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|Atlanta mayor to meet again with activists on gay marriage|
|Written by Laura Douglas-Brown and Ryan Watkins|
|Friday, 06 July 2012 00:00|
Atlanta Mayor Kasim Reed would like to meet again this month with a group of LGBT advocates who want him to endorse full marriage rights for same-sex couples. The mayor suggested the second meeting after a discussion held June 27 at City Hall.
“I would compare it to somebody coming out, that he has got to take time to think about what is meaningful to him. This was an educational process and he was very open and it was a very warm and friendly discussion,” said Ken Britt, one of the activists who met with Reed, after the June meeting. “In fact he has offered to have a follow up session in July to talk more about this.”
Reed has been under increasing pressure to voice support for marriage equality after President Barack Obama announced his support in May.
Gay teacher and activist Charlie Stadtlander started a Facebook page after Obama’s announcement titled, “Mayor Reed, It’s Time to Evolve on Marriage Equality.”
The June 27 meeting was attended by Stadtlander; Britt, a longtime gay politico who is running for Georgia House; attorney Lawrie Demorest of Alston & Bird; Pastor Dennis Meredith of Tabernacle Baptist Church; and attorney Doug Brooks, who is married and has children.
The meeting at City Hall was not open to the press and Reed did not give interviews after it ended. Those who attended described the meeting as candid and positive, but said Reed did not announce a change in his position on marriage equality during the gathering.
“The mayor had a productive meeting and he looks forward to further discussions with the LGBT community,” Reese McCranie, Reed’s deputy director of communications, said in a written statement.
In interviews at City Hall immediately after the meeting, all of the gay attendees described the conversation as productive and open.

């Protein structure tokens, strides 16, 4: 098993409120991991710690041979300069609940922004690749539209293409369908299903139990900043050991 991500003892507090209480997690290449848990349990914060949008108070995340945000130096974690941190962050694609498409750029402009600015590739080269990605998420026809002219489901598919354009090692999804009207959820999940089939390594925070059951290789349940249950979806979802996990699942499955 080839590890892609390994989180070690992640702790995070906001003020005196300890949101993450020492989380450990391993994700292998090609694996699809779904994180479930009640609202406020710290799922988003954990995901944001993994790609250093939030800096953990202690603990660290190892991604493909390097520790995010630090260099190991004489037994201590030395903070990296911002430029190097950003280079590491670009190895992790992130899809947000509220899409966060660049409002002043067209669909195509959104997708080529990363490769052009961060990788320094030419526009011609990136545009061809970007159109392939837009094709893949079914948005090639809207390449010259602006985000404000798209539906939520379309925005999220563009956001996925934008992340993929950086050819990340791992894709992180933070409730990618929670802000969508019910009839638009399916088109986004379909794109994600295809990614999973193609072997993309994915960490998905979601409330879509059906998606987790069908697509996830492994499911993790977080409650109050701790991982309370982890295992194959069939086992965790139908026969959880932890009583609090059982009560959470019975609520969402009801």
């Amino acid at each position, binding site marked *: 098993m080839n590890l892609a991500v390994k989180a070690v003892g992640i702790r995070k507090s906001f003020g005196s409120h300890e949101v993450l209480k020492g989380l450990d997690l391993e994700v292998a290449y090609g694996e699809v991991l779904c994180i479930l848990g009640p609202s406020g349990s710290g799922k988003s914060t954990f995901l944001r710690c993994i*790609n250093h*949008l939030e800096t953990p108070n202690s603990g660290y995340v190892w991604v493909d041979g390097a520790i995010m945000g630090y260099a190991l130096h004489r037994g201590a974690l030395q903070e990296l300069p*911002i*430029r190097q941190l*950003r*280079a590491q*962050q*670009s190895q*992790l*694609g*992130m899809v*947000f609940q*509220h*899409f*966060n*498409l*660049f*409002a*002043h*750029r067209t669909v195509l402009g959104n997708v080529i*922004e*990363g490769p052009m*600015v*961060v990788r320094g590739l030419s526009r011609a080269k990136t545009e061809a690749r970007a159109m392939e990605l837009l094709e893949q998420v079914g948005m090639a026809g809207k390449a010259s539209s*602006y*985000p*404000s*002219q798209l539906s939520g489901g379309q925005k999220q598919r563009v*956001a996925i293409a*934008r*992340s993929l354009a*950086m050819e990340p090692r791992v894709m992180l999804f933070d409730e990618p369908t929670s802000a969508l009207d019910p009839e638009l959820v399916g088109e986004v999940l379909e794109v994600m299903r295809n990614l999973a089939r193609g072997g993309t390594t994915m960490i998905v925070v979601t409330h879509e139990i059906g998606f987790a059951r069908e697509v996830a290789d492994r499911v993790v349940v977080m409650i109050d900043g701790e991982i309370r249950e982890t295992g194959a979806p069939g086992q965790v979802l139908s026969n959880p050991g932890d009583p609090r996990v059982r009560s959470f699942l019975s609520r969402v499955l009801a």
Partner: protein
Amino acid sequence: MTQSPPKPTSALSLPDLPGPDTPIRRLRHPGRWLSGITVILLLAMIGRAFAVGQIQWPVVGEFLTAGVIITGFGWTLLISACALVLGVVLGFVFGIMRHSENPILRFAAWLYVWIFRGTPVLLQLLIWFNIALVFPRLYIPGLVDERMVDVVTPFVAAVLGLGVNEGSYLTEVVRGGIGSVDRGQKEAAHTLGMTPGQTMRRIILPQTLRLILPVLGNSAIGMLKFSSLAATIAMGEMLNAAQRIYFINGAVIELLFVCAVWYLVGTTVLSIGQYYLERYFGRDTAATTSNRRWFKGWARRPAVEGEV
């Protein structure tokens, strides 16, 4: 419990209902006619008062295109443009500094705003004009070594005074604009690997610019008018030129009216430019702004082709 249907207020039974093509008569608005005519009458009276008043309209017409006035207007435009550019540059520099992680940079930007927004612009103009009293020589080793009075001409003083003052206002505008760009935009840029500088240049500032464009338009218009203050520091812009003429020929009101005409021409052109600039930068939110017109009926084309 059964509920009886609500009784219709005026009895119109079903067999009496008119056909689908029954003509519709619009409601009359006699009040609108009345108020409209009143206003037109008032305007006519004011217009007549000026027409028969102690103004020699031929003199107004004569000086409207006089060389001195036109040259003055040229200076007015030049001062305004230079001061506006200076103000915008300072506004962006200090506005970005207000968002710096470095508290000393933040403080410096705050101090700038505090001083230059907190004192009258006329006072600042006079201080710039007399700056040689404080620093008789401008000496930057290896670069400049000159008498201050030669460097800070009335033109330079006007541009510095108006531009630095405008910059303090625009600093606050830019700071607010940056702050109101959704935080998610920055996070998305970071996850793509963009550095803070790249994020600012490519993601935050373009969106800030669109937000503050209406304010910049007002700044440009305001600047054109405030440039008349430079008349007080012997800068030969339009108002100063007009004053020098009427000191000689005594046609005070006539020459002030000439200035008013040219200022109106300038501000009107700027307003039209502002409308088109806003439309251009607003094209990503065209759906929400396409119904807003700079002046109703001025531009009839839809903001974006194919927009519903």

Britt said that while Reed did not say that he plans to announce support for gay marriage, his impression was that the mayor will eventually reach that position.
“One thing he did say that I think we are all taking with us is that tolerance is a two-way street and we really have to give him some time to continue on his journey to think about this,” Britt said. “I think he will come out on the other side in the right place.”
Stadtlander said the mayor stressed that his current lack of support for gay marriage is a “personal” issue and is not based on political considerations.
According to Stadtlander, Reed made it clear “this is a very personal issue for me and it is something that when I get there you are going to know that I really am there, and that it is not political.”
Stadlander said he believes supporters of marriage equality should continue to advocate to Reed “in a way that recognizes that the mayor has been there with us and continues to be there with us.”
Meredith said he left the meeting with a more positive outlook on the mayor and “I think he is probably more there than he is representing.”
“I think he was very open and very honest,” Meredith said. “I think it was an excellent meeting.”
Reed, a LGBT ally during his terms in the state House and Senate, supports civil unions but created controversy during his 2009 mayoral bid when he declined to support full marriage rights for gay couples. In the wake of Obama’s announcement, Reed said he was still struggling with the issue of supporting full marriage equality.
“While I am still wrestling with my own personal beliefs on the issue of marriage, I deeply appreciate the contributions gays and lesbians make to our city every single day and I remain committed to Atlanta’s vibrant and diverse LGBT community,” Reed said.
Top photo: Atlanta Mayor Kasim Reed stressed in a June conversation with activists that his opposition to marriage equality is based on personal beliefs rather than political strategy. (Photo by Dyana Bagby)
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